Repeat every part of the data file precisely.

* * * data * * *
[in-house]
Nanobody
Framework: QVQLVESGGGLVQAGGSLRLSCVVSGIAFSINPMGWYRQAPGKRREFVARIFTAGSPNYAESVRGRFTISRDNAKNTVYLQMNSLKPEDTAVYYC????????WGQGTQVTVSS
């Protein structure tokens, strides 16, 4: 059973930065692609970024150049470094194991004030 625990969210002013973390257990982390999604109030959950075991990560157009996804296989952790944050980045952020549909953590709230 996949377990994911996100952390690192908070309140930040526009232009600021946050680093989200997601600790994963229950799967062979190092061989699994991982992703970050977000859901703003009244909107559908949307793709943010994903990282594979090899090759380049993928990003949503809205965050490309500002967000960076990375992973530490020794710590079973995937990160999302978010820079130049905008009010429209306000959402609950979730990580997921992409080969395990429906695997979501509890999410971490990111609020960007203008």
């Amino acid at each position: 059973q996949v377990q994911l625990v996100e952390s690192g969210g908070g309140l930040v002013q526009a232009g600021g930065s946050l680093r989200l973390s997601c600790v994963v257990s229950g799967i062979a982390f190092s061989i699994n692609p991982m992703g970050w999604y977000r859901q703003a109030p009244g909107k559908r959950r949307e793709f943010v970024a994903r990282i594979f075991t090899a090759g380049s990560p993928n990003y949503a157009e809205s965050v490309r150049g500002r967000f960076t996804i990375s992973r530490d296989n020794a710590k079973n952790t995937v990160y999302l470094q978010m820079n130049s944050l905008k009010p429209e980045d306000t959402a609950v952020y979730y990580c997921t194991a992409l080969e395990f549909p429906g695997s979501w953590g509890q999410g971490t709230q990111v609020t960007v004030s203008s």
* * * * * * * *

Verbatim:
[in-house]
Nanobody
Framework: QVQLVESGGGLVQAGGSLRLSCVVSGIAFSINPMGWYRQAPGKRREFVARIFTAGSPNYAESVRGRFTISRDNAKNTVYLQMNSLKPEDTAVYYC????????WGQGTQVTVSS
């Protein structure tokens, strides 16, 4: 059973930065692609970024150049470094194991004030 625990969210002013973390257990982390999604109030959950075991990560157009996804296989952790944050980045952020549909953590709230 996949377990994911996100952390690192908070309140930040526009232009600021946050680093989200997601600790994963229950799967062979190092061989699994991982992703970050977000859901703003009244909107559908949307793709943010994903990282594979090899090759380049993928990003949503809205965050490309500002967000960076990375992973530490020794710590079973995937990160999302978010820079130049905008009010429209306000959402609950979730990580997921992409080969395990429906695997979501509890999410971490990111609020960007203008």
């Amino acid at each position: 059973q996949v377990q994911l625990v996100e952390s690192g969210g908070g309140l930040v002013q526009a232009g600021g930065s946050l680093r989200l973390s997601c600790v994963v257990s229950g799967i062979a982390f190092s061989i699994n692609p991982m992703g970050w999604y977000r859901q703003a109030p009244g909107k559908r959950r949307e793709f943010v970024a994903r990282i594979f075991t090899a090759g380049s990560p993928n990003y949503a157009e809205s965050v490309r150049g500002r967000f960076t996804i990375s992973r530490d296989n020794a710590k079973n952790t995937v990160y999302l470094q978010m820079n130049s944050l905008k009010p429209e980045d306000t959402a609950v952020y979730y990580c997921t194991a992409l080969e395990f549909p429906g695997s979501w953590g509890q999410g971490t709230q990111v609020t960007v004030s203008s």